Wimbledon Car Boot
As the hour of 10am approached there could be seen a long line of people outside the Wimbledon Car boot Sale held on this windy October day at Plough Lane. It was if they were waiting to board the Ark. Dealers, buyers and lookers stood in two lines in order to get in, it seemed to be a busier than a usual Wednesday. The only flood to be seen was the 4 inches of water that seems to gravitate towards the centre of the car park. Though it was forecast for rain.
The cordon was removed and the long line of people seem to disappear quickly into the maze od white vans. The breakfast van was parked across the other side of the car park by the Stadium wall and rows of predominately white vans off loaded their bounty from house clearances.
Sir Edwin Landseer ‘The Illicit Highland Whisky Still circa 1892
I wasn’t really after anything in particular it was more a visit out of curiosity. There are always gems to be found here if you look closely enough. Today I saw a magnificent Burr Walnut framed print of a work of art by Sir Edwin Landseer, titled ‘The Highland Whisky Still’ after his oil painting ‘The Illicit Highland Whisky Still’.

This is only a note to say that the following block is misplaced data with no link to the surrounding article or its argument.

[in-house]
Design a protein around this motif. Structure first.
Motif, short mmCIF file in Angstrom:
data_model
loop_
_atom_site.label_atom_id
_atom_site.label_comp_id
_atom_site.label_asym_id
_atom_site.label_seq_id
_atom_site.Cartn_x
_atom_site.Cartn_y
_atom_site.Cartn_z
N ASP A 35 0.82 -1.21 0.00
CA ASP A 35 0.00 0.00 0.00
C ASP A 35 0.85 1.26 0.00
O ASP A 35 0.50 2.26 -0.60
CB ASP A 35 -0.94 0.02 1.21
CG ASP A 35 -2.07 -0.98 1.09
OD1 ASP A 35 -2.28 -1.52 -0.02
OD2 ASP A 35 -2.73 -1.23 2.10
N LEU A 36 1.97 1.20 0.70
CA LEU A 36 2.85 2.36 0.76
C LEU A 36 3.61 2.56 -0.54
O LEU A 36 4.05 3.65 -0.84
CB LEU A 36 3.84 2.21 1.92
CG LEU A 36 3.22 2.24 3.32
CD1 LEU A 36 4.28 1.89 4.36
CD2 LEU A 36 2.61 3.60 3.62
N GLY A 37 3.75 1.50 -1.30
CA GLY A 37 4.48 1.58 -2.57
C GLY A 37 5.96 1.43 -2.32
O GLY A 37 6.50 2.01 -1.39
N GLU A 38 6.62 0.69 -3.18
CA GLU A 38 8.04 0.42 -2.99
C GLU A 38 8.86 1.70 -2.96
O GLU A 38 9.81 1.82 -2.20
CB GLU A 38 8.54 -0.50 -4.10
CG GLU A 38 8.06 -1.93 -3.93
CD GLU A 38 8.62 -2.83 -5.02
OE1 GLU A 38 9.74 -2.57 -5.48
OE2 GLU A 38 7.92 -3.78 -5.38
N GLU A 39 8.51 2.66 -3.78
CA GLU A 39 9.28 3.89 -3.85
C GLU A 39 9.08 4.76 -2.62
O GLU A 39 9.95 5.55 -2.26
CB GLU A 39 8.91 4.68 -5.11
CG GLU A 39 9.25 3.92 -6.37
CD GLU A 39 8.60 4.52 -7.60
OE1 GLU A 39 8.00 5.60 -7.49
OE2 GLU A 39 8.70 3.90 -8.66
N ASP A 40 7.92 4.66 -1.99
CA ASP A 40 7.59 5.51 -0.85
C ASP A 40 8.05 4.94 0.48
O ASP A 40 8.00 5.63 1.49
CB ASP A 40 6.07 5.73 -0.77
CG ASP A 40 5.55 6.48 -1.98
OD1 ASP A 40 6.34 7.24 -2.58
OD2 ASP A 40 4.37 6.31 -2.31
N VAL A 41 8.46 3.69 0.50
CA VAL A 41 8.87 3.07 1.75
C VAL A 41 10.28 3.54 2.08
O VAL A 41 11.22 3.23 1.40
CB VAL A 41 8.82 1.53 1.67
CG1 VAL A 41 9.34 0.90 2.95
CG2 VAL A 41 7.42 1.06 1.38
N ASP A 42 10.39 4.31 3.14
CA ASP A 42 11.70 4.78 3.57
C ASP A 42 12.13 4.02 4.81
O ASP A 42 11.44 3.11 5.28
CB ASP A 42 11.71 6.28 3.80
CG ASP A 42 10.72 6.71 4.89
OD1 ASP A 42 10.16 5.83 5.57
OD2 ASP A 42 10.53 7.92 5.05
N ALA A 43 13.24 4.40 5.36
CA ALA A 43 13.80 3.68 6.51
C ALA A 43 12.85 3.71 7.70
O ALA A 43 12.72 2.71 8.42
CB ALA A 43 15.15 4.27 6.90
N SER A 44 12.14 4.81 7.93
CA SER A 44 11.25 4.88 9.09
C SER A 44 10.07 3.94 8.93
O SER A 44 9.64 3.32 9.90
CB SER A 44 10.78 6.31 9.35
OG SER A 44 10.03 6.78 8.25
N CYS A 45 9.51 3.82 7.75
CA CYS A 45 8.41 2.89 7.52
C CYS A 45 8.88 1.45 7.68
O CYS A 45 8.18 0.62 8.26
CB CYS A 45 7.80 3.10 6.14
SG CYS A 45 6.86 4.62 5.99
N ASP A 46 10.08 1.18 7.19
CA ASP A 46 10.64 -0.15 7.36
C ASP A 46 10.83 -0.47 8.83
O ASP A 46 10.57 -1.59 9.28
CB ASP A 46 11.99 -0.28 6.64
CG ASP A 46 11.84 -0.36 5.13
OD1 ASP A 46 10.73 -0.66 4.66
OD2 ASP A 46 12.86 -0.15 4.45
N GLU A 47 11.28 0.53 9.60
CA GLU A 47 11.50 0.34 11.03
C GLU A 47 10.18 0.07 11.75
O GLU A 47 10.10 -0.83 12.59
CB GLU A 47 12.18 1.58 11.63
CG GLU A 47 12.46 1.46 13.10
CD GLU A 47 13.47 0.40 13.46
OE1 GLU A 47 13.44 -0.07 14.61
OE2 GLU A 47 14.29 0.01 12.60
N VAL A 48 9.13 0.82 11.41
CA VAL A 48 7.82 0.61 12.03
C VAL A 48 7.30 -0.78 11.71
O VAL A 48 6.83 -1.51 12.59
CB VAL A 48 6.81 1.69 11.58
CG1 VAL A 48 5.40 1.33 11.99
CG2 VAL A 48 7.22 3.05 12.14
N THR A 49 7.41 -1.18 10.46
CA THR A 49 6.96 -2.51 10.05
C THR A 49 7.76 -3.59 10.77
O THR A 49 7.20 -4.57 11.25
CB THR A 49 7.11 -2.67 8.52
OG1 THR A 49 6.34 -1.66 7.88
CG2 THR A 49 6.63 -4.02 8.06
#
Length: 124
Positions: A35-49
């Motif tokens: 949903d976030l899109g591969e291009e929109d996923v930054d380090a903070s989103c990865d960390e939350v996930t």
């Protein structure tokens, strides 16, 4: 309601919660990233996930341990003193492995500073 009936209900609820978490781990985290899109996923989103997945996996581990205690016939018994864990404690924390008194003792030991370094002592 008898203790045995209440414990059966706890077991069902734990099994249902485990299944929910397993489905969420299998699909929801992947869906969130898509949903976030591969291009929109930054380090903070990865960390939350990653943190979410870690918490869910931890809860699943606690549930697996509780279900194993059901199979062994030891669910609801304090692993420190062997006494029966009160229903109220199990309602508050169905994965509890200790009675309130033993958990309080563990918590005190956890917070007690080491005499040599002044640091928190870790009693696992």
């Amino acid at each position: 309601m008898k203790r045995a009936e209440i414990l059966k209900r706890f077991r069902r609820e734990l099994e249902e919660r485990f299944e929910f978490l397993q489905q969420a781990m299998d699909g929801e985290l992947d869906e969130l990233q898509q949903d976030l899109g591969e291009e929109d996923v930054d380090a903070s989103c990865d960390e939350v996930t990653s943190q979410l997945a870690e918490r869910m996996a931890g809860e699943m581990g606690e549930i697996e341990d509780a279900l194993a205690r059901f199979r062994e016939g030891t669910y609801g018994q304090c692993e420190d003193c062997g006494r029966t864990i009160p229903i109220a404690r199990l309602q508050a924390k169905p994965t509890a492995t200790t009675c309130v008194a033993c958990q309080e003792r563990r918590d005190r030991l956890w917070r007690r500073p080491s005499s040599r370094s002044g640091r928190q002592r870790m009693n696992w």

Edwin Landseer Print, The Highland Whisky Still – engraved by Robert Graves, published 1876.
The asking price was a mere £60 which was worth it for the frame alone. What I had thought about was my friends at The Whisky Exchange who collect anything to do with Whisky.
An Ideal Float Storage Tube
After a good half hour of walking along the rows of vans I came across a metal tube of about 12in in length, with a hinge lid and distressed paint. I thought this would make an ideal float holder for longer and more delicate floats so it was duly purchased for the price of a couple of cups of tea.
A Surgeons roll, makes a good float holder
What I did find at a previous sale was an old surgeons/dentist tool roll that makes an ideal item to store a small selection of floats in when travelling light when river fishing.
Vintage Storage Tins Found At Wimbledon Car Boot
The only other items that caught my eye was a good collection of old tins, some by Huntley & Palmer and others for Swift Toffees. There were all manner of shapes and sizes, had I thought about if I would have purchased one I saw being in the form of an old travel trunk made by a French biscuit maker.
So which one has the Ginger Nuts in?
The started to spit with rain so it was high time to head back before the heavens opened.